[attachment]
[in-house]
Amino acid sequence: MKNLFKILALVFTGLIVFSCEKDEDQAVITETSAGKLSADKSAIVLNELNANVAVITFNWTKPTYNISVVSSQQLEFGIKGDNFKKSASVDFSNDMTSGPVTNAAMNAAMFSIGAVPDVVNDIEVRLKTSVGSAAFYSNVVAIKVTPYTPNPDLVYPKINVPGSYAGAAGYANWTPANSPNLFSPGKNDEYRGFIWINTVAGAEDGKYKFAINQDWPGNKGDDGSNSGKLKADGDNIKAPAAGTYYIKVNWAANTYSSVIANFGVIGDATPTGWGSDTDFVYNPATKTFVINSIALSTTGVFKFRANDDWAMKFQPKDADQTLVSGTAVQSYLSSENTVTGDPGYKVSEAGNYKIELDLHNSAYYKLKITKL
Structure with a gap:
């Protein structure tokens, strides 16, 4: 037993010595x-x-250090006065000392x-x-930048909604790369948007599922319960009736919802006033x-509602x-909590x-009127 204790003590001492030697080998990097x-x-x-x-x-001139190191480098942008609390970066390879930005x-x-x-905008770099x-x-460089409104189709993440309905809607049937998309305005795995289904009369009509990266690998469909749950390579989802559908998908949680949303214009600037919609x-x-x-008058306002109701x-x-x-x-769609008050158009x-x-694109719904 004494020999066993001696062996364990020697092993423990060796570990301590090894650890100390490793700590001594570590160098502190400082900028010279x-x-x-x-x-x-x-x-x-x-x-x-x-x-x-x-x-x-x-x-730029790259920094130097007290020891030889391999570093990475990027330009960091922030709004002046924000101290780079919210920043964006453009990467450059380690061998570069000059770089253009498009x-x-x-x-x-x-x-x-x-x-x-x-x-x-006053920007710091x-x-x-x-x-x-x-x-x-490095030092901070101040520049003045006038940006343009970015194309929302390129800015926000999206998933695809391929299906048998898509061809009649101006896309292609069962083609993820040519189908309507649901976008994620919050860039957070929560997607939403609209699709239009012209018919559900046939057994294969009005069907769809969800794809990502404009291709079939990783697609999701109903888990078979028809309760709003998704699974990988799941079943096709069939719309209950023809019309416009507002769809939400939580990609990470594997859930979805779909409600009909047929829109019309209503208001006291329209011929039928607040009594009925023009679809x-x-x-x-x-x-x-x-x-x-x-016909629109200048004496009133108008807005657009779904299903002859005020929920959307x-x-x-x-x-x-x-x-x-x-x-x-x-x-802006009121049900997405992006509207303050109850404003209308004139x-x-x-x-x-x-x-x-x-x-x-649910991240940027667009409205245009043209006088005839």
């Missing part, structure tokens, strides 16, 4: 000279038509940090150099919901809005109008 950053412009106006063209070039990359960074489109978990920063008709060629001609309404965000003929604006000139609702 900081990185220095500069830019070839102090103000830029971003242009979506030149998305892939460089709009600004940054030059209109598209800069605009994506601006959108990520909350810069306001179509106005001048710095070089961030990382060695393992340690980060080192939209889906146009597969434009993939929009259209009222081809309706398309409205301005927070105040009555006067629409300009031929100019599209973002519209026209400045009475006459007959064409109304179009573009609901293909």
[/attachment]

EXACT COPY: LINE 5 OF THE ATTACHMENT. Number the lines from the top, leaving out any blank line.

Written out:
């Missing part, structure tokens, strides 16, 4: 000279038509940090150099919901809005109008 950053412009106006063209070039990359960074489109978990920063008709060629001609309404965000003929604006000139609702 900081990185220095500069830019070839102090103000830029971003242009979506030149998305892939460089709009600004940054030059209109598209800069605009994506601006959108990520909350810069306001179509106005001048710095070089961030990382060695393992340690980060080192939209889906146009597969434009993939929009259209009222081809309706398309409205301005927070105040009555006067629409300009031929100019599209973002519209026209400045009475006459007959064409109304179009573009609901293909």